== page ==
Net debt

Net debt is defined as Group borrowing at the balance sheet date, less operating cash. This does not include lease obligations as defined by IFRS16.

Organic growth

Organic growth corresponds to the increase in revenue for a given period (the “current period”) compared to the revenue reported for the same period of the prior fiscal year, calculated using the exchange rate for the prior fiscal year; and excluding the impact of business acquisitions (or gain of control) and divestments, as follows:

  • For businesses acquired (or gain of control) during the current period, revenue generated since the acquisition date is excluded from the organic growth calculation;
  • For businesses acquired (or gain of control) during the prior fiscal year, revenue generated during the current period up until the first anniversary date of the acquisition is excluded;
  • For businesses divested (or loss of control) during the prior fiscal year, revenue generated in the comparative period of the prior fiscal year until the divestment date is excluded;
  • For businesses divested (or loss of control) during the current fiscal year, revenue generated in the period commencing 12 months before the divestment date up to the end of the comparative period of the prior fiscal year is excluded.
  • For countries with hyperinflationary economies all figures are converted at the latest closing rate for both periods. As a result, for the calculation of organic growth of the On-site Services activities in Argentina, Peso figures for First Half Fiscal 2020 and First Half Fiscal 2019 have been converted at the exchange rate of 1€ = 68.248 ARS vs 44.045 ARS for First Half Fiscal 2019.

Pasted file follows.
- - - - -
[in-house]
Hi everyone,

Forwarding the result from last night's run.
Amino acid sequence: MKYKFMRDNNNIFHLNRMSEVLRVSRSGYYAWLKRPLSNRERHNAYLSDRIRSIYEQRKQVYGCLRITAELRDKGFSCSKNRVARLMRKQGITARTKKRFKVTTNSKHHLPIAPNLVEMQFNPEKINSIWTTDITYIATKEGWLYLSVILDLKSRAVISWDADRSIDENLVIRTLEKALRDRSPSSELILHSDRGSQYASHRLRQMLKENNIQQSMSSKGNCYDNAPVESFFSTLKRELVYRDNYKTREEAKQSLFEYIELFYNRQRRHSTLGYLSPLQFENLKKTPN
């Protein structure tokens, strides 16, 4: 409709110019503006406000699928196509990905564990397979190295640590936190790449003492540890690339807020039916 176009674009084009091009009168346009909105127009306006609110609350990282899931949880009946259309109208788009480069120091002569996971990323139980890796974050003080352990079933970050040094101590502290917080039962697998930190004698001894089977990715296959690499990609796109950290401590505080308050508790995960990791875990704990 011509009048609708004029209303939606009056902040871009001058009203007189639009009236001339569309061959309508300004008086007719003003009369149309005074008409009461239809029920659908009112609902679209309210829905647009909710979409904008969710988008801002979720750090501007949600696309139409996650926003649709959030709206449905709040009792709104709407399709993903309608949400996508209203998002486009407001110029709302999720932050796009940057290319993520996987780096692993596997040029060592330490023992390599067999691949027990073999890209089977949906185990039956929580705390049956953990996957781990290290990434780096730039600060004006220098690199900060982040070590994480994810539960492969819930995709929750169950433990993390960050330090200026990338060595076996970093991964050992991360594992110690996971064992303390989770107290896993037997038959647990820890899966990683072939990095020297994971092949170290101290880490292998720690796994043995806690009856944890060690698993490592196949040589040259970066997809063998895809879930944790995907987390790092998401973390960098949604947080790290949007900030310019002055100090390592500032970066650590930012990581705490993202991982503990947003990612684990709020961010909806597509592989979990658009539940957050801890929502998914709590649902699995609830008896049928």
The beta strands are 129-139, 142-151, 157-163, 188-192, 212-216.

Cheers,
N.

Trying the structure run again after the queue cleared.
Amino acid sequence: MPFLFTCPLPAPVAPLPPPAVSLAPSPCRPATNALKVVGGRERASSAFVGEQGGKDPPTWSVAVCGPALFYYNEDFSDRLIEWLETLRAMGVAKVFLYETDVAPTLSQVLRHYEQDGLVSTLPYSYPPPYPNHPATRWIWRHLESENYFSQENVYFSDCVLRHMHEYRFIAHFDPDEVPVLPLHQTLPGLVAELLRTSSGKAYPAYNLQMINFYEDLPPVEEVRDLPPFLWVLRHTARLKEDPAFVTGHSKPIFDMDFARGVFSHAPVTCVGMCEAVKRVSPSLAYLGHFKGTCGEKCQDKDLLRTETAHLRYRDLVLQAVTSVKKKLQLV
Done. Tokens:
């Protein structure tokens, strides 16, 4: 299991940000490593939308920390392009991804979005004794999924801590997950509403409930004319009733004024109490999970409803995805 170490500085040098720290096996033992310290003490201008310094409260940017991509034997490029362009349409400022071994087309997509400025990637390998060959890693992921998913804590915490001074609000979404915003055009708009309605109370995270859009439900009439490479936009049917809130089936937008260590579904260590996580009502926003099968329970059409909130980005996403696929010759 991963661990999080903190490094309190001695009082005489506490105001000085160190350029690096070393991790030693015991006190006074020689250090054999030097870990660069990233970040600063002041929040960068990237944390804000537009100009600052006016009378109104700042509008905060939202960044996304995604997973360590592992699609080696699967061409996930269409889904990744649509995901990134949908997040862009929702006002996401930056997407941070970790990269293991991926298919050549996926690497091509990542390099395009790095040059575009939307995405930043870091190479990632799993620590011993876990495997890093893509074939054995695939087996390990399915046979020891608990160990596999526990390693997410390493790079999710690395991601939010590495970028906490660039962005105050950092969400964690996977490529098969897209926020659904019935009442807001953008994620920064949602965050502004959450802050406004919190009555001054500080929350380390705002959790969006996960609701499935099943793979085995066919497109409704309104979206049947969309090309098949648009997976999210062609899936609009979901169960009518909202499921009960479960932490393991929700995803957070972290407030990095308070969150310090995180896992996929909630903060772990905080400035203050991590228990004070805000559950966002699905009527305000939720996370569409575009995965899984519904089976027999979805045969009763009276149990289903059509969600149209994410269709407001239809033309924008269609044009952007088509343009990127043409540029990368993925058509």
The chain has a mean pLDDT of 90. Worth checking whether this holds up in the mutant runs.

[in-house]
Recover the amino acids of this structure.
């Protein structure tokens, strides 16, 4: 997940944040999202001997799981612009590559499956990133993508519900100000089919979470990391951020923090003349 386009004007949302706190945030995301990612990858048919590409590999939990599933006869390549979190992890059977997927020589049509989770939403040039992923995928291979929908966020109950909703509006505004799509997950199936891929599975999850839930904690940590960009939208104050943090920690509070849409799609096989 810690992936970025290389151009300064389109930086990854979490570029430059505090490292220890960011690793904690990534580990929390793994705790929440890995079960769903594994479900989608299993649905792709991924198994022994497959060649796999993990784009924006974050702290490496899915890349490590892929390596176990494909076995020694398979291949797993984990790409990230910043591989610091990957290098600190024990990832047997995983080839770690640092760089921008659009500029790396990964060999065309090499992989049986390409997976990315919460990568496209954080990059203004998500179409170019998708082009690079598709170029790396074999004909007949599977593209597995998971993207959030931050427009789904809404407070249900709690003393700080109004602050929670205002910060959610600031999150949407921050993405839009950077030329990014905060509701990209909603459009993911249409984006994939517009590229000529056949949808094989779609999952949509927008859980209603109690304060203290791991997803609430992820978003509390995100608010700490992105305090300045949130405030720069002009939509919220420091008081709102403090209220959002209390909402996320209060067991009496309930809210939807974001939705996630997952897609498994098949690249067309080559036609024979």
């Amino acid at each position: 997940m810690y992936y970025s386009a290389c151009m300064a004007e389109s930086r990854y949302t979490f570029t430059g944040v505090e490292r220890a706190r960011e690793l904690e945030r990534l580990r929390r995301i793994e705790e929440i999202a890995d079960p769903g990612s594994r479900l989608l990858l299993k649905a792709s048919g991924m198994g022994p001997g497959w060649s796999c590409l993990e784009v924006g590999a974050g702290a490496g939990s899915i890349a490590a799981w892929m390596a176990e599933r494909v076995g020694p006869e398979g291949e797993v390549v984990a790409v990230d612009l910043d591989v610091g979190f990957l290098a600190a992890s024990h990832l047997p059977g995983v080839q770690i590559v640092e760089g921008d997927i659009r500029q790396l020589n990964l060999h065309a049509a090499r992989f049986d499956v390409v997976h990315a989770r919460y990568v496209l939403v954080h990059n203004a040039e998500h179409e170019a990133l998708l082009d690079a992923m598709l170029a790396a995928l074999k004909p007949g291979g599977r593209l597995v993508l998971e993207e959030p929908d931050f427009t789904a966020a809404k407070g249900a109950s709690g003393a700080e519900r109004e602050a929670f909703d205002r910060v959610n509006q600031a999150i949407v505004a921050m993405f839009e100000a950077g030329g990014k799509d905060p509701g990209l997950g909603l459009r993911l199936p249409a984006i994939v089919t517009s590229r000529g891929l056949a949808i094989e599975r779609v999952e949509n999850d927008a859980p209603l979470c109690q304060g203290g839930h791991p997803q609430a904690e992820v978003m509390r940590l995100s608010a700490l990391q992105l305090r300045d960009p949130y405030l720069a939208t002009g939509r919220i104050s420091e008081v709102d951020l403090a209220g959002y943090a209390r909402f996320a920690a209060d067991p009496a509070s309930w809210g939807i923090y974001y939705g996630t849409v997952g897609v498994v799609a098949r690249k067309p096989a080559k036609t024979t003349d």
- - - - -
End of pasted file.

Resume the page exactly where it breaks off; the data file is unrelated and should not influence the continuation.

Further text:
Underlying Net profit

Underlying Net profit presents a net income excluding significant unusual and/or infrequent elements. Therefore, it corresponds to the Net Income Group share excluding Other Income and Expense and significant non-recurring elements in both Net Financial Expense and Income Tax Expense where relevant.

Underlying Net profit per share

Underlying Net profit per share presents the Underlying net profit divided by the average number of shares.

Underlying operating profit margin

The Underlying operating profit margin corresponds to Underlying operating profit divided by revenues

Underlying operating profit margin at constant rates

The Underlying operating profit margin at constant rates corresponds to Underlying operating profit divided by revenues, calculated by converting H1 2020 figures at FY 2019 rates, except for countries with hyperinflationary economies.


 

2

CONDENSED INTERIM CONSOLIDATED FINANCIAL STATEMENTS

 

1   CONSOLIDATED INCOME STATEMENT

(in millions of euro) NOTES FIRST HALF
FISCAL 2020
FIRST HALF
FISCAL 2019
REVENUES 6.3 11,692 11,045
Cost of sales 6.4.1 (9,964)  (9,417)
GROSS PROFIT   1,729 1,628
Selling, General and Administrative costs 6.4.1 (1,046) (981)
Share of profit of companies consolidated by the equity method
that directly contribute to the Group’s business
  2 -
UNDERLYING OPERATING PROFIT   685 647
Other operating income 6.4.2 5 3
Other operating expenses 6.4.2 (71) (72)
Operating profit 6.3 619 578
Financial income 6.4.3 16 19
Financial expense 6.4.3 (83) (73)
Share of profit of other companies consolidated by the equity method   3 2
PROFIT FOR THE PERIOD BEFORE TAX   556 526
Income tax expense 6.2.3 and 6.4.4 (161) (151)
NET PROFIT FOR THE PERIOD   395 375
Of which:      
Attributable to non-controlling interests   17 11
PROFIT ATTRIBUTABLE TO EQUITY HOLDERS OF THE PARENT   378 364
BASIC EARNINGS PER SHARE (in euro) 6.4.5 2.59 2.50
DILUTED EARNINGS PER SHARE (in euro) 6.4.5 2.55 2.46


CONSOLIDATED STATEMENT
OF COMPREHENSIVE INCOME

(in millions of euro) FIRST HALF
FISCAL 2020
FIRST HALF
FISCAL 2019
NET PROFIT FOR THE PERIOD 395 375
Components of other comprehensive income
that may be reclassified subsequently to profit or loss
   
Change in fair value of cash flow hedge instruments - -
Change in fair value of cash flow hedge instruments reclassified to profit or loss - -
Currency translation adjustment (26) 210